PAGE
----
Thrift store theft yet another setback

The idea was to help people, to take over a thrift store that needed more than a little tender loving care, bring the business back to health and be able to generate a little money for the Lifelong AIDS Alliance. But following a robbery at the Sunshine House on 12th Avenue, Kathy Bergquist finds herself in need of help.

The new owner of the Sunshine House thrift shop, Bergquist finds herself struggling to stay afloat following a July 31 break-in.

The burglary has added to the challenges she faced when she purchased the thrift store from its original owner last February. Her mother, Bonnie Crone, herself a former thrift store owner, knew that the shop at 1718 12th Avenue might be available.

Sunshine House has been around since 1994. Its original owner was suffering from a life-threatening illness and needed to get out. Intrigued by the idea of running the shop, Bergquist pulled out all her savings and bought the place. It was a good fit, one worth driving 100 miles each day to and from her north Snohomish County home.

She soon learned that she'd taken on a larger challenge than initially expected. Sunshine House was in fairly desperate financial straits, and Bergquist inherited its debt. There was a large, outstanding tax bill. The business's bank account was $900 in the hole. No money had been sent to its designated charities in more than two years.

"The place was a real mess. I found out it had a really bad reputation," Bergquist said.

A dispute with the former owner almost immediately after she acquired Sunshine House placed an added burden. Bergquist ended up losing the van she thought came with the thrift store. Having to give it up made picking up donations a particular challenge.

Bergquist, who works six days a week at Sunshine House, has had periodic staffing help from volunteers. She suspects one such volunteer led to the break-in.

In early July a man walked in from a prison work-release program and asked for work. Bergquist was able to offer a volunteer position which included store vouchers that could be used for clothing. The man had a lengthy history of drug and legal problems, had been in jail for four years. Bergquist gave the man a chance.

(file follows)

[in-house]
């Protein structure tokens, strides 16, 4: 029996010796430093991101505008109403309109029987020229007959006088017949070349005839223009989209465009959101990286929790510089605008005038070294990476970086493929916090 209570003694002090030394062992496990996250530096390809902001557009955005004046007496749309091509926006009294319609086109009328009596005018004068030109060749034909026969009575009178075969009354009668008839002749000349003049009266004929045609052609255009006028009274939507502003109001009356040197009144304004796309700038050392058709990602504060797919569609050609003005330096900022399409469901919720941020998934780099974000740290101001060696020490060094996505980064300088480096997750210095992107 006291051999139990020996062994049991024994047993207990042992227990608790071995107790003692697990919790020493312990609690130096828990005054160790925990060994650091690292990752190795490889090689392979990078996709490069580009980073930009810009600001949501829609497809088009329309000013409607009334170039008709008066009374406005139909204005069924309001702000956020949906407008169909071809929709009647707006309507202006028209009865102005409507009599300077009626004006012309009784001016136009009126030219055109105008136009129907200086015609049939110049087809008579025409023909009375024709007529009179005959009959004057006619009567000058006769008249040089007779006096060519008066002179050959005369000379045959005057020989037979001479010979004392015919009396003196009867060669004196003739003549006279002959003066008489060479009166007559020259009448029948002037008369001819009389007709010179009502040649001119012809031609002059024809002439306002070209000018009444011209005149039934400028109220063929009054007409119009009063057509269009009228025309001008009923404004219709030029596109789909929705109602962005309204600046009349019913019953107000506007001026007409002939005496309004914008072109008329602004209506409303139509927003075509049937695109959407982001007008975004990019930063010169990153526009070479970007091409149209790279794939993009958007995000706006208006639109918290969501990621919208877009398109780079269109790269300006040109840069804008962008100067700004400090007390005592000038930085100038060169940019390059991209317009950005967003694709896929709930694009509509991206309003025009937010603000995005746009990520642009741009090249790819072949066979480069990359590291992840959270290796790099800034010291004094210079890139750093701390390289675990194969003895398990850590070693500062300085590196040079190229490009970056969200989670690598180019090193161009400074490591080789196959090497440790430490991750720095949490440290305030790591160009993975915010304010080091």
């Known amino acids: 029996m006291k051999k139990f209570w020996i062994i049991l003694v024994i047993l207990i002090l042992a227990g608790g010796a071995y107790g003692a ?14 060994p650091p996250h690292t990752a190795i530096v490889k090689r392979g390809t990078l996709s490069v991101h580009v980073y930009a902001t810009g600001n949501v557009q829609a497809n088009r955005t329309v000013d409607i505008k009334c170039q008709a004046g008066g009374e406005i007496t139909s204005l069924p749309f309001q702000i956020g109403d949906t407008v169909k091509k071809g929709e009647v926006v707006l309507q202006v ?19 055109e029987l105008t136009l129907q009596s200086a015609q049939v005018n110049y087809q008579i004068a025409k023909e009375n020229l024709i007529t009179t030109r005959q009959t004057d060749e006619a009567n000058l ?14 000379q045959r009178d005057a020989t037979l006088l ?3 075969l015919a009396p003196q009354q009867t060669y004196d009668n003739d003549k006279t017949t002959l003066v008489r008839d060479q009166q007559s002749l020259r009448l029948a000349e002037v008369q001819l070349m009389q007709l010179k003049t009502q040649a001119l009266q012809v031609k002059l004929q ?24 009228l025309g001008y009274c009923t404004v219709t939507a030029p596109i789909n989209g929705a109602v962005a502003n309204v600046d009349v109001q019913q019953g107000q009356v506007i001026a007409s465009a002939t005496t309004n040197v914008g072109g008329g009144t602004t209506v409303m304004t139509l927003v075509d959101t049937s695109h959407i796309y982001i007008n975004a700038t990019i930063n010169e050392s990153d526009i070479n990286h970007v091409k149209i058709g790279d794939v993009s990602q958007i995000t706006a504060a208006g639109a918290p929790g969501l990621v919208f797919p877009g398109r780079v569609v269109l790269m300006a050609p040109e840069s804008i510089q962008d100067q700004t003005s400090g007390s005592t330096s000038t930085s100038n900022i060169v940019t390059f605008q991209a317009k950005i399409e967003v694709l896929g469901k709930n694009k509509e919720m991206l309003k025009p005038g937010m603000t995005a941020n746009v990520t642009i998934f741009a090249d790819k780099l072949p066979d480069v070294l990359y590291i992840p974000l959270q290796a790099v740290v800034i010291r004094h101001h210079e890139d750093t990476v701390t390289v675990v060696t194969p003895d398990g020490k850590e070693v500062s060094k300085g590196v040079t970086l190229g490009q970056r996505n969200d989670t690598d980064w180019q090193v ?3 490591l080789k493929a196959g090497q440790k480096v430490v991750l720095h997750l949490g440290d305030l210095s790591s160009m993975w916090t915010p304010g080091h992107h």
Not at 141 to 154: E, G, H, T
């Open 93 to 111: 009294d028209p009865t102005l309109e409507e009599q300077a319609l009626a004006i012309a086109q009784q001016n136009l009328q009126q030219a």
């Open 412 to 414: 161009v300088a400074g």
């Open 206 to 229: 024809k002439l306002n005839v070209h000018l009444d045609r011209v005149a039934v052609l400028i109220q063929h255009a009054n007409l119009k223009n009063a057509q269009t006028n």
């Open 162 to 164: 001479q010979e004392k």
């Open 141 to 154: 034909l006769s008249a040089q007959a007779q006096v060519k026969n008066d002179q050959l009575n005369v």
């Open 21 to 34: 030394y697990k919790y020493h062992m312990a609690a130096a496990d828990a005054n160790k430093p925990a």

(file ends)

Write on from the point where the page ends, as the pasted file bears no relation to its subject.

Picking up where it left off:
"We started butting heads almost immediately. He wasn't doing what he was supposed to do. I was pretty sure he started using drugs again as well," she said.

He quickly became confrontational and verbally abusive, making several threats to Bergquist. The man was also caught lying to his case worker. On July 30, Bergquist felt she had to ask him to leave. She later discovered her car keys had been stolen.

The next day, at around 10:15 in the morning, Bergquist arrived expecting to see her car gone. Her relief at finding it in the back parking area was short lived. She saw that the fans had been pushed in and the back door was open. The alarm was going off.

Inside, the store was a disaster. Showcase glass was broken, telephone and electrical wires had been cut, furniture was tossed around. The cash register's doors were broken and hanging open. Among the items stolen were old coins, jewelry and an expensive collectable knife set. Also taken were several small TVs and CD players, as well as $700 from the cash register and Bergquist's laptop, which contained all the financial information pertaining to Sunshine House.

It was a tough blow. Rent on the space was due the day after the theft.

Police officers told her that the former volunteer was certainly a prime suspect, at least as far as telling someone about the thrift store and suggesting they break in. He has since turned himself in, is back in jail but has denied any involvement with the theft.

Bergquist has spent the last 10 days sorting through the physical mess and dealing with things like insurance paperwork. She remains open and is determined to continue. Getting the business back to profitability was meant to be a six-month process. Bergquist is guessing that the theft set that plan back another six months.

In the past, Bergquist has run a day-care center for special needs children. She volunteered at Childhaven for several years. Her brother suffers from a serious illness. The idea of running a thrift store and raising money for charity feels like a calling to her, and she vows to get caught up and bring Sunshine House back to health. Her goal is to start sending money to the Lifelong AIDS Alliance, her designated beneficiary, by early next year.

"I love this little store. I'm trying to rebuild this place, let people know it's still here. When this first happened I thought I'd have to close. But when I get up in the morning I feel really good about what I'm doing," she said.

Doug Schwartz is the editor of the Capitol Hill Times. He can be reached at or 461-1308.

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